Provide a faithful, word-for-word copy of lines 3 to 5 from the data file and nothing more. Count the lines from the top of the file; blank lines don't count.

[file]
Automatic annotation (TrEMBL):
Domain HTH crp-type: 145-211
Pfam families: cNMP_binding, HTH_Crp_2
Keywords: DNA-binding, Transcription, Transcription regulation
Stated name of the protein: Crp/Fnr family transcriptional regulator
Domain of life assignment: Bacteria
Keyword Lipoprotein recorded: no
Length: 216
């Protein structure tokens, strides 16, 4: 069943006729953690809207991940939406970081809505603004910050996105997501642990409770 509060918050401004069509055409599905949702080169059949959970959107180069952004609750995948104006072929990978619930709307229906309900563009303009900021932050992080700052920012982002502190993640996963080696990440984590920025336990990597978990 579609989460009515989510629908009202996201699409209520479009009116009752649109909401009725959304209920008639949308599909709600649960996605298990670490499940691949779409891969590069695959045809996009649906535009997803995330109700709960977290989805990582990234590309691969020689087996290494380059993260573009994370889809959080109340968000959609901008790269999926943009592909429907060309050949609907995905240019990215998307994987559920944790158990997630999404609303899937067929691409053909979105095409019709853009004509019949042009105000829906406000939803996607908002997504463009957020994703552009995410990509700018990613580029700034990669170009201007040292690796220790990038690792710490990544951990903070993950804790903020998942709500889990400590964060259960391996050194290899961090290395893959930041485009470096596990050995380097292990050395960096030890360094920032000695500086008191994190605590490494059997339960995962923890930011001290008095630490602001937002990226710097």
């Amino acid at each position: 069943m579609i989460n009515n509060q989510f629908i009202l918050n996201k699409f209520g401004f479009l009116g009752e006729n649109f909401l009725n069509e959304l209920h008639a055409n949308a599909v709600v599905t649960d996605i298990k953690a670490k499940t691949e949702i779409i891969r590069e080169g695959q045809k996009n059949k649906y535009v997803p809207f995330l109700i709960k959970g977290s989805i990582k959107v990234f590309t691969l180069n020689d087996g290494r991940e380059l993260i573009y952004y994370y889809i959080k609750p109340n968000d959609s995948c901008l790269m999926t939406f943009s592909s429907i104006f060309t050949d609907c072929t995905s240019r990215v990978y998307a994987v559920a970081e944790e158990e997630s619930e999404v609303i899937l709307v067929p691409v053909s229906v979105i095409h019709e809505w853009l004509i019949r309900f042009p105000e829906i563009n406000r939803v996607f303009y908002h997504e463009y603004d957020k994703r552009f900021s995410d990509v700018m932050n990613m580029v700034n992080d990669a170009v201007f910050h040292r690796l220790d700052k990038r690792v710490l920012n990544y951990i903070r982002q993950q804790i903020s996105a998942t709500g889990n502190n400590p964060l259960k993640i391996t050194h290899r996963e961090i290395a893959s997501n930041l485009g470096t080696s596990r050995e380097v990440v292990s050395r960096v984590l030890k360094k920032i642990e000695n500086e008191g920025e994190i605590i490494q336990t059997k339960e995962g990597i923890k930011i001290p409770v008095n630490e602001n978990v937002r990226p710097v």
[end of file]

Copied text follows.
Pfam families: cNMP_binding, HTH_Crp_2
Keywords: DNA-binding, Transcription, Transcription regulation
Stated name of the protein: Crp/Fnr family transcriptional regulator